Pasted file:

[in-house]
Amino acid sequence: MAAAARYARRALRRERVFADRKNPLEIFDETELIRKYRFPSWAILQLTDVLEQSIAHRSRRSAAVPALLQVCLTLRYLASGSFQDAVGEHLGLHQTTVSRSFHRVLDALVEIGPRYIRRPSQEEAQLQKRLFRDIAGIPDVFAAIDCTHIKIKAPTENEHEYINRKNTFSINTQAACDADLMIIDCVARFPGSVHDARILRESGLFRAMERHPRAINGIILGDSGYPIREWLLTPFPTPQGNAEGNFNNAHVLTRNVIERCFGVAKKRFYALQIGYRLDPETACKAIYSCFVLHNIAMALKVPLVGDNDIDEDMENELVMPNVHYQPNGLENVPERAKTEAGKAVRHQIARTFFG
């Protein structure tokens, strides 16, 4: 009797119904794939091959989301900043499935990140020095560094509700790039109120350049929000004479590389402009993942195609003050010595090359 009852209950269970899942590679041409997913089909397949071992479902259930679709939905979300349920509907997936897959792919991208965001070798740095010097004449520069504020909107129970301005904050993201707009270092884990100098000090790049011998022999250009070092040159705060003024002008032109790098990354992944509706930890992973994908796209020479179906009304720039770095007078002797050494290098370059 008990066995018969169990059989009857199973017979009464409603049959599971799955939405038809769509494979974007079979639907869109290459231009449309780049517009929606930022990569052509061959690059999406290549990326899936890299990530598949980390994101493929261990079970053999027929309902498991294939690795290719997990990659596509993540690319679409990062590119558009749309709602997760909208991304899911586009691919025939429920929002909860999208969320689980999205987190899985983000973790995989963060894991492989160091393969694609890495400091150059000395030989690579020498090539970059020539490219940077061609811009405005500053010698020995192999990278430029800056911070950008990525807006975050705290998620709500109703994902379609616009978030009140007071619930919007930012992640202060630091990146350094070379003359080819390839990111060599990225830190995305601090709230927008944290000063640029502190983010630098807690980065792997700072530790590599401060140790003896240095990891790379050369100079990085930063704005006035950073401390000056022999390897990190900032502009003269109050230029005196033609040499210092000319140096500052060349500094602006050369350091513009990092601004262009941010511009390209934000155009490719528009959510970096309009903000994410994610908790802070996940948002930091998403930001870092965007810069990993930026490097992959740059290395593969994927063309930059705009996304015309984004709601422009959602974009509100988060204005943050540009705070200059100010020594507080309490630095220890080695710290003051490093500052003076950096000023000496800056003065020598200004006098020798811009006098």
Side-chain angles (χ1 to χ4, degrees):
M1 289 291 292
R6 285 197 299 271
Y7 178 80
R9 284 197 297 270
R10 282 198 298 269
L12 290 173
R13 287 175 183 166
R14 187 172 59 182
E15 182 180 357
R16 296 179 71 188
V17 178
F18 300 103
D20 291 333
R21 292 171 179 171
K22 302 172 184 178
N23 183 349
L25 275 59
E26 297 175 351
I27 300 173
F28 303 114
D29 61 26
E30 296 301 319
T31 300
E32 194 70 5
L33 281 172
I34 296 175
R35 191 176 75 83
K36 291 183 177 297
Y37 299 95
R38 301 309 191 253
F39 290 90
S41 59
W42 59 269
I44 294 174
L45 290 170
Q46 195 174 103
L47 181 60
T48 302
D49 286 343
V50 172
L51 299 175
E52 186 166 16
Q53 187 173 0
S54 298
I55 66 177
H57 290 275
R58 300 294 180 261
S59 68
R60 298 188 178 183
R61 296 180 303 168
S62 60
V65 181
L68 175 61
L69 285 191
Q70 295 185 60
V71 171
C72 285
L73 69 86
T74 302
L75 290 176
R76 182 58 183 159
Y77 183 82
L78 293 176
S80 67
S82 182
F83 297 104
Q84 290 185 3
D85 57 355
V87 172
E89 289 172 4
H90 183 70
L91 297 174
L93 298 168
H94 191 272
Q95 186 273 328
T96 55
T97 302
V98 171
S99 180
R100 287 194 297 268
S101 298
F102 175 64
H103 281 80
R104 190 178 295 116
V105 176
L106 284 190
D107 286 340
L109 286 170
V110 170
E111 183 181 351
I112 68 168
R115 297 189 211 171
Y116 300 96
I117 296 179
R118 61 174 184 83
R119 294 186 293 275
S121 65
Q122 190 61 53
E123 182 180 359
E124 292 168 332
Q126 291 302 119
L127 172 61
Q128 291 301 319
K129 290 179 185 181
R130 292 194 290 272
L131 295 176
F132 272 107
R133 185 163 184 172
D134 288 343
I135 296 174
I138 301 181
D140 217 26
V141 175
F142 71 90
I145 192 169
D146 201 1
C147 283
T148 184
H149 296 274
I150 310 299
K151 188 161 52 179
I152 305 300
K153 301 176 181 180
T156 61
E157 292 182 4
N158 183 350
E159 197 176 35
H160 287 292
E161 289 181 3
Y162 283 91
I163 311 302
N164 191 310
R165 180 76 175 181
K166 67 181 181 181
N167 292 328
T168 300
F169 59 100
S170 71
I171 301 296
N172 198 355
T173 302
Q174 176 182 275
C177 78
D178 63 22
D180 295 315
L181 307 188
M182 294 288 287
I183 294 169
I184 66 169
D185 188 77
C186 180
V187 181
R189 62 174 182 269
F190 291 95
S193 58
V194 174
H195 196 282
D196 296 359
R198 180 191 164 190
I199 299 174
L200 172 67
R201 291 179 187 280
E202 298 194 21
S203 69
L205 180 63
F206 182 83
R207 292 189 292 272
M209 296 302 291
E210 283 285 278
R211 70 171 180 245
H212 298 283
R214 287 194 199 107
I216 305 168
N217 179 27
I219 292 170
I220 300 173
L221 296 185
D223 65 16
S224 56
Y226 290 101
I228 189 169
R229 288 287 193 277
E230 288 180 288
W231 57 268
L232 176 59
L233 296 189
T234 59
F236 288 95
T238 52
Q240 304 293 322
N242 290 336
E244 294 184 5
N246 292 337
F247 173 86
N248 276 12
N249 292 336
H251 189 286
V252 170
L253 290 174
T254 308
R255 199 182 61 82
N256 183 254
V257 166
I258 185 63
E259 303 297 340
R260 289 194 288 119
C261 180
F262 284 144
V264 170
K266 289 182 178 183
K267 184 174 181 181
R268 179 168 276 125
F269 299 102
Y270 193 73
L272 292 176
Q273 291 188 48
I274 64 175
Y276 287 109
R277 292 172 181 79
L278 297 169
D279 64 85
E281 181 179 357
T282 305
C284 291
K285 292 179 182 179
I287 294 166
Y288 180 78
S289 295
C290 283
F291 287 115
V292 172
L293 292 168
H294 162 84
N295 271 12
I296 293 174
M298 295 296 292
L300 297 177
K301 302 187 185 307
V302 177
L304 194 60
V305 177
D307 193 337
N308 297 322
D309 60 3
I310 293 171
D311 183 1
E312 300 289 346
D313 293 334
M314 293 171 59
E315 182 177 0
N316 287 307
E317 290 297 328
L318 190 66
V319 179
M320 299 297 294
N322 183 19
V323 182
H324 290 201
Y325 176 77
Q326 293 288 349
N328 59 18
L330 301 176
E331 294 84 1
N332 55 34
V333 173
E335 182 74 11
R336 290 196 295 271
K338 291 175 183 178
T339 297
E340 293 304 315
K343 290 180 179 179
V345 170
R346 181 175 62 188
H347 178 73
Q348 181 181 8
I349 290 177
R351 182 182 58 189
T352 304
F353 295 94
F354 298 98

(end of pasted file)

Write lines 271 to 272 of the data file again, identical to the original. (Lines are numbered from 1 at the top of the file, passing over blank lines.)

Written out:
R336 290 196 295 271
K338 291 175 183 178